REMARK 7.4.3
Van Kampen's Theorem 5.4.8 may also be formulated
as the preservation of colimits by a left adjoint. The right adjoint takes
a groupoid or category to its ** nerve**, which is a simplicial complex
whose 0- and 1-cells are the objects and morphisms, and whose higher

**Generators and relations **
We can exploit the relationship between left adjoints and colimits to construct
free algebras using coequalisers and *vice versa* .

THEOREM 7.4.4
Every finitary equational algebraic theory *L* has a free algebra
*FX*/*R* on any set *X* of generators for any set *R* of relations.

PROOF: We can only really sketch this complicated construction.

**(a)**- Forget the sorts and laws of
*L*and the relations*R*; **(b)**- add the generators
*X*as nullary operation-symbols to the theory; **(c)**- Proposition 6.1.11 and Example
6.2.7 give equationally free algebras;
**(d)**- the minimal subalgebra of an equationally free algebra, consisting
of raw terms, is well founded and parsable; recall that it may also be
constructed either as the colimit È
*T*^{n}(Æ), or as the union of all extensional well founded*T*-coalgebras (Section 6.3); **(e)**- it satisfies the recursion scheme by Theorem
6.3.13;
**(f)**- the sorts are restored by restricting to the well formed formulae
(Proposition 6.2.6); let \LeftAdjoint
_{0}*X*be the free algebra for the theory*L*_{0}(known as the) obtained by forgetting the laws of*signature**L*; **(g)**- the congruence
*K*is generated from the laws and relations*R*; **(h)**- the required free algebra
*FX*/*R*is the quotient*Q*= \LeftAdjoint_{0}*X*/*K*by this equivalence relation.

Let us spell out the last step; notice that it treats ``general'' laws and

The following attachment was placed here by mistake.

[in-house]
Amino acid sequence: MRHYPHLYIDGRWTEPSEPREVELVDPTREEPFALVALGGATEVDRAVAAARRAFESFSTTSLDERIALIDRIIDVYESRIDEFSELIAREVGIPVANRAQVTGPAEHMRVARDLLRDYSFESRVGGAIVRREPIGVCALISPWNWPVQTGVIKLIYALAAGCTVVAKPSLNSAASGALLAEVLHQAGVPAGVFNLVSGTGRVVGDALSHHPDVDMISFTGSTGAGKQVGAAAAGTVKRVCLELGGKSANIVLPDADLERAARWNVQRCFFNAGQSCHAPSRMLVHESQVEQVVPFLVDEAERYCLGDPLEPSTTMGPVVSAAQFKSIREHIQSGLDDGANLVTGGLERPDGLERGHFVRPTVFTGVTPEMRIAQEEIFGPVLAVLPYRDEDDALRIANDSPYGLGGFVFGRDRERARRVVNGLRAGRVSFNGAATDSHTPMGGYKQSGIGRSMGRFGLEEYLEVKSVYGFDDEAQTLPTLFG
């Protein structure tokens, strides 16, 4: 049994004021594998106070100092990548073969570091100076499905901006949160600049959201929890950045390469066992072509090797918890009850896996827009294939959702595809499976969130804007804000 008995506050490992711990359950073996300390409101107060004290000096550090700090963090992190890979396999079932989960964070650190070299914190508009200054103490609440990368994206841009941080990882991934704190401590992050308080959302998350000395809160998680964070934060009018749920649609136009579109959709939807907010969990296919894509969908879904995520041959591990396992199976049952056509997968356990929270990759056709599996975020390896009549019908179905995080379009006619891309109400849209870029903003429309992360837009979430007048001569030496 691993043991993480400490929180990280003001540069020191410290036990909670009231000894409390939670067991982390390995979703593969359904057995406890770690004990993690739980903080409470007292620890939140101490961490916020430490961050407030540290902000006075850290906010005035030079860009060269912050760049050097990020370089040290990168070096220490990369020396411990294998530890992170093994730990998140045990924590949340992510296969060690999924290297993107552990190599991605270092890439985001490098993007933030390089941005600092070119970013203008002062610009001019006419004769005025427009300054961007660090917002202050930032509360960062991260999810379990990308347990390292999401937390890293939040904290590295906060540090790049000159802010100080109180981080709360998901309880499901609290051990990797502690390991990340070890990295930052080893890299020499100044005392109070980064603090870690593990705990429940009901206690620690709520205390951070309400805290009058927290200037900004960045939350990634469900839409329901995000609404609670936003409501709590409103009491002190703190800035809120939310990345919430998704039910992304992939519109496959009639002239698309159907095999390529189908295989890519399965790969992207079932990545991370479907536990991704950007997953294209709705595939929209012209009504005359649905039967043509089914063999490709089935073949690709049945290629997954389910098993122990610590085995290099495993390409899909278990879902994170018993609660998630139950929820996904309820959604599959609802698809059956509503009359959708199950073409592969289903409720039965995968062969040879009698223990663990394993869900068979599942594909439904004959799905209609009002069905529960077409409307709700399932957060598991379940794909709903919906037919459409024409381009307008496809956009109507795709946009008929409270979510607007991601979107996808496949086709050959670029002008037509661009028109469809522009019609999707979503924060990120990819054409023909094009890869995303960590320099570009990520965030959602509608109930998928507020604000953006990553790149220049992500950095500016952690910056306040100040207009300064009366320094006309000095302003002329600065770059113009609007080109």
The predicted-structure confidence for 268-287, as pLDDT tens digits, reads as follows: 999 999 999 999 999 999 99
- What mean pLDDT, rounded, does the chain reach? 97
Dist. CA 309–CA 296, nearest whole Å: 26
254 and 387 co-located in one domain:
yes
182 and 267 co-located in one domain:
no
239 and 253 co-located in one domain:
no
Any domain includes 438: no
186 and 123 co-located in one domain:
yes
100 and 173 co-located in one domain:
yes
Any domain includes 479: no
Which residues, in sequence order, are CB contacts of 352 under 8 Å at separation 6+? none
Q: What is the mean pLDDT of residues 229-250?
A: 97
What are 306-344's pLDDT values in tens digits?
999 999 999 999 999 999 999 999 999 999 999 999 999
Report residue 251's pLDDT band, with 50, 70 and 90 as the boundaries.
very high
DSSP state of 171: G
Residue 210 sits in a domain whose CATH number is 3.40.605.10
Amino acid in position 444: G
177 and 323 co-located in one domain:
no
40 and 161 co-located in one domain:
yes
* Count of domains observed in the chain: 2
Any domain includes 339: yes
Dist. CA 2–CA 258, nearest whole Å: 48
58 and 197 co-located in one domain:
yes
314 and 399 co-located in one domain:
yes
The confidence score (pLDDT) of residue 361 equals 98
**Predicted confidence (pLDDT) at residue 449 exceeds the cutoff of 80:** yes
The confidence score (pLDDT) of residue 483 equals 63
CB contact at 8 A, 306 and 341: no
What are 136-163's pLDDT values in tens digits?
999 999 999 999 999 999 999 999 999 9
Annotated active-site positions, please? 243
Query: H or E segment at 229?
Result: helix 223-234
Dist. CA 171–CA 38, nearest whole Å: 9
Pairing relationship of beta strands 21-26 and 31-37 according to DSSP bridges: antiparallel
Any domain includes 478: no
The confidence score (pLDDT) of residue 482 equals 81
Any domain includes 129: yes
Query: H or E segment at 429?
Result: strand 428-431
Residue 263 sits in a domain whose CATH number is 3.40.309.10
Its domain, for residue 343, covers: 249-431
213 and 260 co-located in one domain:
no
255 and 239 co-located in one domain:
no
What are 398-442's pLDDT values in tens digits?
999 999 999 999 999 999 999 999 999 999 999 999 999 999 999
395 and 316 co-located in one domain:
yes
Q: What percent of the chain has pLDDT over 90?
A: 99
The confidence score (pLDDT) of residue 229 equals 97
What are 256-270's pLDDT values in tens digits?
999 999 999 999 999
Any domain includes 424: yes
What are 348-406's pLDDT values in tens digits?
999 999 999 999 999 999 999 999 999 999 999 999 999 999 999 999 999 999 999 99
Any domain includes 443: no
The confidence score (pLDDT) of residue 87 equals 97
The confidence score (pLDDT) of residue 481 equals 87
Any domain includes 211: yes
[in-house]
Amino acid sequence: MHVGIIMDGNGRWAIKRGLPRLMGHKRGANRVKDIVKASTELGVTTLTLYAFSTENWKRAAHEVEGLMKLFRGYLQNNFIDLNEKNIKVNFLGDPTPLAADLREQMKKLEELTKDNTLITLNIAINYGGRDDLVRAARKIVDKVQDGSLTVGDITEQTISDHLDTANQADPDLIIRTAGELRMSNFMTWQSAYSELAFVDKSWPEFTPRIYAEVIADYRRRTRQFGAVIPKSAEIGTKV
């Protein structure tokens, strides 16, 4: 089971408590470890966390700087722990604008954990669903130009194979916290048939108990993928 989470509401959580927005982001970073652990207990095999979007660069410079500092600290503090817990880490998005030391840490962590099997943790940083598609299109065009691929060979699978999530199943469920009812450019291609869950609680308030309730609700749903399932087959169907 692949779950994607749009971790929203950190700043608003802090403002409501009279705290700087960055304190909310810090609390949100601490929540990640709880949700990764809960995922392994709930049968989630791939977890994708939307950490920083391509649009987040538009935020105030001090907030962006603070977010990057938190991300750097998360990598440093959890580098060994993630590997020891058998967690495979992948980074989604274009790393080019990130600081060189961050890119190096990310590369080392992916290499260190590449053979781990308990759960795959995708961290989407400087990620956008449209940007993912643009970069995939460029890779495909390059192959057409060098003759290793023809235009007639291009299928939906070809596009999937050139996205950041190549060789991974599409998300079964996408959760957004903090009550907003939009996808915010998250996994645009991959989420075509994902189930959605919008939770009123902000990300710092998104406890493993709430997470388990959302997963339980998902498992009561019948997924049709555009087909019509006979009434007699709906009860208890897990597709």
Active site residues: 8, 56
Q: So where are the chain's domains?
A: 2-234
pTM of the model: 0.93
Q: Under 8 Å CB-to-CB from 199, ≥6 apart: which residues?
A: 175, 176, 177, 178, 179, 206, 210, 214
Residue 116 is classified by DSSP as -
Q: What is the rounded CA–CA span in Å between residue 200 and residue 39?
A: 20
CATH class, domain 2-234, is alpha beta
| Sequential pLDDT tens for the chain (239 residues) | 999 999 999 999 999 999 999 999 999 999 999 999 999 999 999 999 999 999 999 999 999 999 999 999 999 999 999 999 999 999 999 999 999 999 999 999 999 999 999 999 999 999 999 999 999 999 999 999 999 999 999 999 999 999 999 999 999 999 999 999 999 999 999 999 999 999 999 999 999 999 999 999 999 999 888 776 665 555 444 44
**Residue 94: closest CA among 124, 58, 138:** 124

``particular'' relations in the same way, so without loss of generality
*R* includes the laws of *L*. Each member of *R* relates two raw terms,
so we have a parallel pair of functions *R*\rightrightarrows \LeftAdjoint_{0}*X*.
Let *K* be the congruence generated from *R* in step (g), and *Q* its quotient
in **Set**^{S} .

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For Theorem 5.6.9, the theory must be finitary
in order to define the operations on the quotient, making it a coequaliser
in **Mod**(*L*). Any algebra Q for the equational
theory *L* is *a fortiori* a model of the free theory *L*_{0},
and so it has a unique homomorphism \LeftAdjoint_{0}*X*® Q. That
it satisfies the laws is exactly to say that the composites with
*R*\rightrightarrows \LeftAdjoint_{0} *X* are equal. The composite homomorphisms
with *K*\rightrightarrows \LeftAdjoint_{0}*X* are also equal because *K*
is the congruence-closure of *R*. Hence there is a mediating function
*Q*® Q, and this is a homomorphism. []

We shall discuss the way in which *K* is generated shortly.